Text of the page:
Festuca trachyphylla - (Hack.) Krajina
Hard Fescue
Other Common Names: hard fescue
Synonym(s): Festuca brevipila Tracey ;Festuca duriuscula L.
Taxonomic Status: Accepted
Related ITIS Name(s): Festuca trachyphylla (Hack.) Krajina (TSN 502613)
Unique Identifier: ELEMENT_GLOBAL.2.160378
Element Code: PMPOA2V1W0
Informal Taxonomy: Plants, Vascular - Flowering Plants - Grass Family
 
Kingdom Phylum Class Order Family Genus
Plantae Anthophyta Monocotyledoneae Cyperales Poaceae Festuca
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Concept Reference
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Concept Reference: Kartesz, J.T. 1994. A synonymized checklist of the vascular flora of the United States, Canada, and Greenland. 2nd edition. 2 vols. Timber Press, Portland, OR.
Concept Reference Code: B94KAR01HQUS
Name Used in Concept Reference: Festuca trachyphylla
Conservation Status
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NatureServe Status

Global Status: GNR
Global Status Last Changed: 22Mar1994
Rounded Global Status: GNR - Not Yet Ranked
Nation: United States
National Status: NNA
Nation: Canada
National Status: NNA (12Oct2016)

U.S. & Canada State/Province Status
Due to latency between updates made in state, provincial or other NatureServe Network databases and when they appear on NatureServe Explorer, for state or provincial information you may wish to contact the data steward in your jurisdiction to obtain the most current data. Please refer to our Distribution Data Sources to find contact information for your jurisdiction.
United States California (SNA), Connecticut (SNA), Delaware (SNA), District of Columbia (SNA), Illinois (SNA), Iowa (SNA), Maine (SNA), Maryland (SNA), Massachusetts (SNR), Michigan (SNA), Minnesota (SNA), Missouri (SNA), New Hampshire (SNA), New Jersey (SNA), New York (SNA), Pennsylvania (SNA), Tennessee (SNA), Vermont (SNA), Virginia (SNA), West Virginia (SNA)
Canada Alberta (SNA), British Columbia (SNA), Manitoba (SNA), New Brunswick (SNA), Nova Scotia (SNA), Ontario (SNA), Prince Edward Island (SNA), Quebec (SNA), Saskatchewan (SNA)

Other Statuses

NatureServe Global Conservation Status Factors

Other NatureServe Conservation Status Information

Distribution
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U.S. States and Canadian Provinces

Due to latency between updates made in state, provincial or other NatureServe Network databases and when they appear on NatureServe Explorer, for state or provincial information you may wish to contact the data steward in your jurisdiction to obtain the most current data. Please refer to our Distribution Data Sources to find contact information for your jurisdiction.
Color legend for Distribution Map
NOTE: The distribution shown may be incomplete, particularly for some rapidly spreading exotic species.

U.S. & Canada State/Province Distribution
United States CAexotic, CTexotic, DCexotic, DEexotic, IAexotic, ILexotic, MA, MDexotic, MEexotic, MIexotic, MNexotic, MOexotic, NHexotic, NJexotic, NYexotic, PAexotic, TNexotic, VAexotic, VTexotic, WVexotic
Canada ABexotic, BCexotic, MBexotic, NBexotic, NSexotic, ONexotic, PEexotic, QCexotic, SKexotic

Range Map
No map available.

Ecology & Life History Not yet assessed
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Economic Attributes Not yet assessed
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Management Summary Not yet assessed
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Population/Occurrence Delineation Not yet assessed
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Population/Occurrence Viability
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U.S. Invasive Species Impact Rank (I-Rank)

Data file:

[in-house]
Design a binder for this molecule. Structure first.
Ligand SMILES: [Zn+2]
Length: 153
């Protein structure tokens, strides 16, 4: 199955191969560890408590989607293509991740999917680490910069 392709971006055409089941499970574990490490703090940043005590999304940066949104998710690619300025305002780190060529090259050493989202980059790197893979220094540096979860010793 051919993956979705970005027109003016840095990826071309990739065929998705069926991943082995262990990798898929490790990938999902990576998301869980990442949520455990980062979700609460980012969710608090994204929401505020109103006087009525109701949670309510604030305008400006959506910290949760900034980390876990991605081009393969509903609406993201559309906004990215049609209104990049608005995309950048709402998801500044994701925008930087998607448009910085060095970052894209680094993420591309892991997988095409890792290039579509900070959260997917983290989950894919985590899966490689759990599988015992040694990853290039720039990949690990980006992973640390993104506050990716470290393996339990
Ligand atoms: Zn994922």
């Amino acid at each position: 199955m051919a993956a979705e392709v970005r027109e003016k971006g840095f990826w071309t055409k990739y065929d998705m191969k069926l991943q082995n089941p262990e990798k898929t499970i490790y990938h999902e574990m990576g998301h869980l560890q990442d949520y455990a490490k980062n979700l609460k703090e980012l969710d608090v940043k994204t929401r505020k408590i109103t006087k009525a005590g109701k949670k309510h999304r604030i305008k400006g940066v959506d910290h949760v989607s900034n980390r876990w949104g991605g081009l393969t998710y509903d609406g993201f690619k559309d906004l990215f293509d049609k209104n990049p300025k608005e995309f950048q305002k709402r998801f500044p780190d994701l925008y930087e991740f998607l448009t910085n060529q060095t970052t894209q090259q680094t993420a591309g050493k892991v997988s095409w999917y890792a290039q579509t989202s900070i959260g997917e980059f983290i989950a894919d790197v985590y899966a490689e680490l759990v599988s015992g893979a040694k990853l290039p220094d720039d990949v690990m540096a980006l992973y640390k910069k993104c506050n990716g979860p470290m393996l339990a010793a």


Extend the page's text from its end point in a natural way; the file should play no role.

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Disclaimer: While I-Rank information is available over NatureServe Explorer, NatureServe is not actively developing or maintaining these data. Species with I-RANKs do not represent a random sample of species exotic in the United States; available assessments may be biased toward those species with higher-than-average impact.

I-Rank: Medium/Insignificant
Rounded I-Rank: Unknown
I-Rank Reasons Summary: Sporadically distributed, primarily found in the East, and thought to be only locally abundant. Primarily a species of low-quality disturbed sites.
Subrank I - Ecological Impact: Low/Insignificant
Subrank II - Current Distribution/Abundance: Medium
Subrank III - Trend in Distribution/Abundance: Medium/Low
Subrank IV - Management Difficulty: Medium/Insignificant
I-Rank Review Date: 08Dec2005
Evaluator: Maybury, K.
Native anywhere in the U.S?
Native Range: Eurasia (Weakley 2005).

Download "An Invasive Species Assessment Protocol: Evaluating Non-Native Plants for their Impact on Biodiversity". (PDF, 1.03MB)
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Screening Questions

S-1. Established outside cultivation as a non-native? YES

S-2. Present in conservation areas or other native species habitat? Yes

Subrank I - Ecological Impact: Low/Insignificant

1. Impact on Ecosystem Processes and System-wide Parameters:Low significance/Insignificant
Comments: No evidence of major or moderate changes.

2. Impact on Ecological Community Structure:Low significance/Insignificant
Comments: Inferred.

3. Impact on Ecological Community Composition:Medium significance/Insignificant
Comments: Major alterations unlikely but some possiblity of moderate changes in composition in areas where locally common. More data needed.

4. Impact on Individual Native Plant or Animal Species:Insignificant
Comments: No reports of disproportionate impacts on any particular native species.

5. Conservation Significance of the Communities and Native Species Threatened:Low significance/Insignificant
Comments: Generally a plant of open, disturbed soils, pastures, quarries, fields (e.g., Haines and Vining 1998, Angelo and Boufford 2005, Triassic Park Plant List 2005, Weakley 2005).

Subrank II. Current Distribution and Abundance: Medium

6. Current Range Size in Nation:High significance
Comments: Based on Kartesz (1999) range is most of the eastern U.S. west to Iowa and Missouri and a few scattered states in the West.

7. Proportion of Current Range Where the Species is Negatively Impacting Biodiversity:Low significance